Penny walked into the shed to see her friend perched on a stool, tying up some wires into neat bundles. She held plastic cups of half-melted ice cream in each hand and put on her most disapproving glare.
"Y'know Veen, for genius you sure come up with stupid ideas."
Venus was startled and nearly fell off her perch.
"What are you talking about. This is a great idea." the younger girl explained while accepting the dripping treat.
"Oh sure! If you're planning on getting another twelve cats or writing a manifesto."
"Speaking of cats," started Venus while looking around between bites of ice cream. "Have you seen Sherbet? I don't want him getting into the eggs."
Penny gave Venus the same kind of quizzical look most people reserved for those with diminished capacities.
"I should have seen it coming. This is all my fault. Hanging out with older kids was too much for your immature mind and now you're going mad." said Penny, her voice dripping with sarcasm and mockery.
"Ha, ha. I'm serious. I found this nest at the back of the shed and there's eggs in it. I don't want to move it until I know if the mother hasn't abandoned it." Venus explained. "So I installed a camera."
"Of course you did. So you're going to be spying on your own empty shed through your computer?" Penny asked, leaning on a wall while picking at her ice cream. "Come on Veen, aren't you over-reacting? André's the jerk who shoved you in the mud, not your parents."
"Yeah, but it's because of them that I get teased so much."
"No, you get teased because you're in high school. If it wasn't about your parents, it'd be about your grades and if not that, it'd be your hair color or some other trivial garbage."
"You're probably right." sighed Venus, sitting down on her stool. "I just don't know how to deal with them anymore. I mean, other kids think Paul and Virginie are weird but they don't understand; I live with them! I know how strange they are and it's a lot more bizarre than the other kids think."
"Oh?" Penny raised an eyebrow.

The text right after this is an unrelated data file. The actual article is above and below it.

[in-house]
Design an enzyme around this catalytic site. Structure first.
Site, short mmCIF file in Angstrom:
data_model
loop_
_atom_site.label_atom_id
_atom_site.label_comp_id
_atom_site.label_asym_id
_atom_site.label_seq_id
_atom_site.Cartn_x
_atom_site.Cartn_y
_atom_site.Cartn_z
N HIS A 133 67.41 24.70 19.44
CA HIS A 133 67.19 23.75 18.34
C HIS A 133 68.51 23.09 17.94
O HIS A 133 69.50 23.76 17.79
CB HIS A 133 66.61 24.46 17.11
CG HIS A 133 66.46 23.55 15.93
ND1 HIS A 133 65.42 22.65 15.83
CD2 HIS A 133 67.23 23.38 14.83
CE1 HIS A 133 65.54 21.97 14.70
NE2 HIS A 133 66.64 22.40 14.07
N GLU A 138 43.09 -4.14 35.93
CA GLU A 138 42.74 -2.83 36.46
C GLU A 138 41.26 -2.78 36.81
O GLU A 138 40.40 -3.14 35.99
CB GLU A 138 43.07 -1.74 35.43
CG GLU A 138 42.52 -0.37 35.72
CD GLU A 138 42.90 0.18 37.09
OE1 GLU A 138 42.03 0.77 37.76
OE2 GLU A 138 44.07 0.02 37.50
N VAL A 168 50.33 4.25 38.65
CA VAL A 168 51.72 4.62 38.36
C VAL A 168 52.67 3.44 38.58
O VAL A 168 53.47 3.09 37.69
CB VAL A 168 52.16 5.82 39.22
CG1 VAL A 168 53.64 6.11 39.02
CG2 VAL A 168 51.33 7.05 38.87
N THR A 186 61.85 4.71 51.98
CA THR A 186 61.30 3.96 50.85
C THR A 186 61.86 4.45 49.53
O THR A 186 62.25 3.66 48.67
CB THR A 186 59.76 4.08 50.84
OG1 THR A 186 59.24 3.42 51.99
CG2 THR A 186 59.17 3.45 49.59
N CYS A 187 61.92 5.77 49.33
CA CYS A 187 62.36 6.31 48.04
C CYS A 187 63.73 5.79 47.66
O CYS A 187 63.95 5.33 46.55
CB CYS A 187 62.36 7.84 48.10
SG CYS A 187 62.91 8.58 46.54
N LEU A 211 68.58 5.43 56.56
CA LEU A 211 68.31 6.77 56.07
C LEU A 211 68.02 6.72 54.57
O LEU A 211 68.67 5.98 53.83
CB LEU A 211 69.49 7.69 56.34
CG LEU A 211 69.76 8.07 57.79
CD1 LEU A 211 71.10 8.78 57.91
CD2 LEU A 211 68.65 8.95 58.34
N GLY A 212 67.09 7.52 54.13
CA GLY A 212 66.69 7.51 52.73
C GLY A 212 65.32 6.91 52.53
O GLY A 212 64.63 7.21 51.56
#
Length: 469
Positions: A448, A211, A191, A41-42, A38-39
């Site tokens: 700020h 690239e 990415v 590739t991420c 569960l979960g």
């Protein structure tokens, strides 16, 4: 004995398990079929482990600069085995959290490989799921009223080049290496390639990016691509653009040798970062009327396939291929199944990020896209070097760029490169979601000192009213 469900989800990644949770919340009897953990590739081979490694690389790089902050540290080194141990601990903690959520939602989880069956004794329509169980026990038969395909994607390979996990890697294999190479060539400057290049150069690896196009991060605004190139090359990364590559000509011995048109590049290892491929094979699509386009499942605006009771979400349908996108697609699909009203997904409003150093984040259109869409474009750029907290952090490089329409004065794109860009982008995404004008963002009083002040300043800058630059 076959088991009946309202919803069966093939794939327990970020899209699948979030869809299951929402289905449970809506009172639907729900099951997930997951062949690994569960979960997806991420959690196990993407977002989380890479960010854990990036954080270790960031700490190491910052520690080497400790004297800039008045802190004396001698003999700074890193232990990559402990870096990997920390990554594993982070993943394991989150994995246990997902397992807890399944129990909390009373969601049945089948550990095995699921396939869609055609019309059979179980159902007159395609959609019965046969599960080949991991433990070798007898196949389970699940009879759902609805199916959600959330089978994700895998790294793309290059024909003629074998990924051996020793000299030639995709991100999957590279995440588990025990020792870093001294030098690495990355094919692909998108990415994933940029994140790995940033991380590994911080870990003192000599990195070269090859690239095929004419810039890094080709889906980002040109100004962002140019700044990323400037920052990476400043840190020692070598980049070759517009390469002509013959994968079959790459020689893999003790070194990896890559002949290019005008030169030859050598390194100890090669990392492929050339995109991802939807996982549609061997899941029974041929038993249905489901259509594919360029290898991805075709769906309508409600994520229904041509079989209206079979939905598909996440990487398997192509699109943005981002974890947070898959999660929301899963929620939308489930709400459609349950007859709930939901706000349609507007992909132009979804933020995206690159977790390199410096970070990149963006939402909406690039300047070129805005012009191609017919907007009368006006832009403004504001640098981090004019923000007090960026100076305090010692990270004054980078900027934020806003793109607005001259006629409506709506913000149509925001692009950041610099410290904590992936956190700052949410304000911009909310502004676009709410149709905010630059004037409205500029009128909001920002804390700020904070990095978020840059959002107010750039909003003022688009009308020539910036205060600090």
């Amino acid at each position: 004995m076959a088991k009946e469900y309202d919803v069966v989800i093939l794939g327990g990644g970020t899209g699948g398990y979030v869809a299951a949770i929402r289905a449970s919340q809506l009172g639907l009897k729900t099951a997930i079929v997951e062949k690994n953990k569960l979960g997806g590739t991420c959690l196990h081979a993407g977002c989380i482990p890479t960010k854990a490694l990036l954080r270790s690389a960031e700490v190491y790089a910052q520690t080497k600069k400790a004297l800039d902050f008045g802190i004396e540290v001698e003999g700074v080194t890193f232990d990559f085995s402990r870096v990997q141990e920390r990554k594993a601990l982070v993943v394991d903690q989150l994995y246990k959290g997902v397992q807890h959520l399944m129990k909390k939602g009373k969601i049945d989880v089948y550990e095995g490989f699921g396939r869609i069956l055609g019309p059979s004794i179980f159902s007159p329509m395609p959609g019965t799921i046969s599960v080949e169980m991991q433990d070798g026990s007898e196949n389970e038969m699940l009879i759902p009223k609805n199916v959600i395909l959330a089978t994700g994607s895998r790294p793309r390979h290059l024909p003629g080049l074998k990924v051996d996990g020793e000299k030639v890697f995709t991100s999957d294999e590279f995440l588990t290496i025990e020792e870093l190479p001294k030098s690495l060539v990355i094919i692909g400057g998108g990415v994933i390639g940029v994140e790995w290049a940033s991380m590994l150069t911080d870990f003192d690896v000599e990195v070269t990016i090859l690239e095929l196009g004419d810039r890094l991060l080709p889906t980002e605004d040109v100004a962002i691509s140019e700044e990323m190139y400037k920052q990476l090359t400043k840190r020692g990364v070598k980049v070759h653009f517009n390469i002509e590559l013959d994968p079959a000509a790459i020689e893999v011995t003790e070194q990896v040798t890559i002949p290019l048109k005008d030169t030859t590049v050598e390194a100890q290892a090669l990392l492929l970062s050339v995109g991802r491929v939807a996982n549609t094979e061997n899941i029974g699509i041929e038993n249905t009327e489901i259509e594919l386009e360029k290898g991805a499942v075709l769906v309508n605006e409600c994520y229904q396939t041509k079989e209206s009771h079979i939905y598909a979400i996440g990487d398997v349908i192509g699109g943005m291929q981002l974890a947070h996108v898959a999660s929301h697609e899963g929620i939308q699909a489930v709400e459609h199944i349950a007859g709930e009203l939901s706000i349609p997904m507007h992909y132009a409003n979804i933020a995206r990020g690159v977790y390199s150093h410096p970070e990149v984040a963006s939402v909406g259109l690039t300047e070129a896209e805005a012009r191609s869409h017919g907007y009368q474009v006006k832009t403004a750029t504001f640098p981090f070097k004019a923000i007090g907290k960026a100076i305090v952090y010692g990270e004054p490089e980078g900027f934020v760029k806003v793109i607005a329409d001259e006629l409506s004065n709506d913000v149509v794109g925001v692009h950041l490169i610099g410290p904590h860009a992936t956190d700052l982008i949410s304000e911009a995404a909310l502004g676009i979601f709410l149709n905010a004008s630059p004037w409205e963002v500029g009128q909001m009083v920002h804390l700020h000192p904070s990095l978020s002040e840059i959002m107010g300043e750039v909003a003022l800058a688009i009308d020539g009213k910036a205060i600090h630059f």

"They keep bursting into scenes from back in their theater days. And I don't mean once in a while in the evening when they're bored. I mean any time. Do you know how annoying it is to hear Andrew Lloyd Webber at breakfast three days in a row?"
"I can't imagine, no." Penny giggled.
"They act like teenagers too. I keep coming home from school to find them making out or some other embarrassing junk.
"Or like last summer when they just up and left for three weeks without warning. Just a note on the fridge. 'Dear Venus, gone on vacation. Back soon. Money on the dresser for food.' Aren't there laws against that sort of thing?"
Penelope looked distant for a moment. She was suddenly lost in her own family reminiscence. She smiled with distant melancholy and had probably stopped listening a few sentence or two earlier.
"Oh god, Penny. I'm so sorry." Venus covered her mouth in embarrassment. "I'm such a jerk, complaining about my parents being idiots when I still have both of them."
She took a step towards her friend and grabbed her in a tight hug. "I'm so selfish she added."
"No, no. I was just remembering some good times with my dad." Penny reassured "This was nice nostalgia. Just a little bittersweet is all."
Venus finally let her go.
"Still, you do have it pretty good Veen." she wiped an aborted tear off the corner of her eye. "My dad being gone aside, I don't see mom very often. In fact, she got home so late last night and left so early this morning, I didn't even cross path with her."
"You're right. I do have it good." Venus confessed in shame. "So...how high on the self-absorption meter did I score this time?"
"Pretty high." The older girl confirmed with a smile. "If you need a break from your parents you can probably come spend a few days at my place. I'm sure mom wouldn't mind. Besides, what kind of troglodyte lives in a shed?"
The Crowley house wasn't the most ostentatious in Saint-Ferdinand but it reflected the standing of its owner well. The only pieces of undeniable luxury was the two car garage which contained a sleek black Lexus and an amazing array of sports equipment, ranging from skis to golf bags, all neatly hung on the walls.